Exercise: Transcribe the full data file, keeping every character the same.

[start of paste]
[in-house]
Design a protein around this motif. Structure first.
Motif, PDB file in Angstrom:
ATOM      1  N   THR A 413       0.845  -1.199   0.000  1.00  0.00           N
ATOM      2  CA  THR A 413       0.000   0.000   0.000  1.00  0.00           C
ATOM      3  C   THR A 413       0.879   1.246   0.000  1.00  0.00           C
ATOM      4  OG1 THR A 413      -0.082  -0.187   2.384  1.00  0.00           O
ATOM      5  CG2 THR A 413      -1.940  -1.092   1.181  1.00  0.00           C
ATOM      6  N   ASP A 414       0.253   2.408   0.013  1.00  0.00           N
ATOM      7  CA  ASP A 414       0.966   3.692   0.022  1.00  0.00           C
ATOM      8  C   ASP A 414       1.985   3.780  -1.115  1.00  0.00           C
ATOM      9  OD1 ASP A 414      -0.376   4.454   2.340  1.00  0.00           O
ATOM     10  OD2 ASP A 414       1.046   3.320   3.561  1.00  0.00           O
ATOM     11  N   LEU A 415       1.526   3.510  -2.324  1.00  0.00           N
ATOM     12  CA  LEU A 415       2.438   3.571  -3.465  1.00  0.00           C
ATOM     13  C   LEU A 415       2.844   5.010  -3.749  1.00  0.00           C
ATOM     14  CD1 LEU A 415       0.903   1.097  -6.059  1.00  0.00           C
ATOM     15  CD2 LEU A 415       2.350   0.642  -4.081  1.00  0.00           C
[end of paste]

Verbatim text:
[in-house]
Design a protein around this motif. Structure first.
Motif, PDB file in Angstrom:
ATOM      1  N   THR A 413       0.845  -1.199   0.000  1.00  0.00           N
ATOM      2  CA  THR A 413       0.000   0.000   0.000  1.00  0.00           C
ATOM      3  C   THR A 413       0.879   1.246   0.000  1.00  0.00           C
ATOM      4  OG1 THR A 413      -0.082  -0.187   2.384  1.00  0.00           O
ATOM      5  CG2 THR A 413      -1.940  -1.092   1.181  1.00  0.00           C
ATOM      6  N   ASP A 414       0.253   2.408   0.013  1.00  0.00           N
ATOM      7  CA  ASP A 414       0.966   3.692   0.022  1.00  0.00           C
ATOM      8  C   ASP A 414       1.985   3.780  -1.115  1.00  0.00           C
ATOM      9  OD1 ASP A 414      -0.376   4.454   2.340  1.00  0.00           O
ATOM     10  OD2 ASP A 414       1.046   3.320   3.561  1.00  0.00           O
ATOM     11  N   LEU A 415       1.526   3.510  -2.324  1.00  0.00           N
ATOM     12  CA  LEU A 415       2.438   3.571  -3.465  1.00  0.00           C
ATOM     13  C   LEU A 415       2.844   5.010  -3.749  1.00  0.00           C
ATOM     14  CD1 LEU A 415       0.903   1.097  -6.059  1.00  0.00           C
ATOM     15  CD2 LEU A 415       2.350   0.642  -4.081  1.00  0.00           C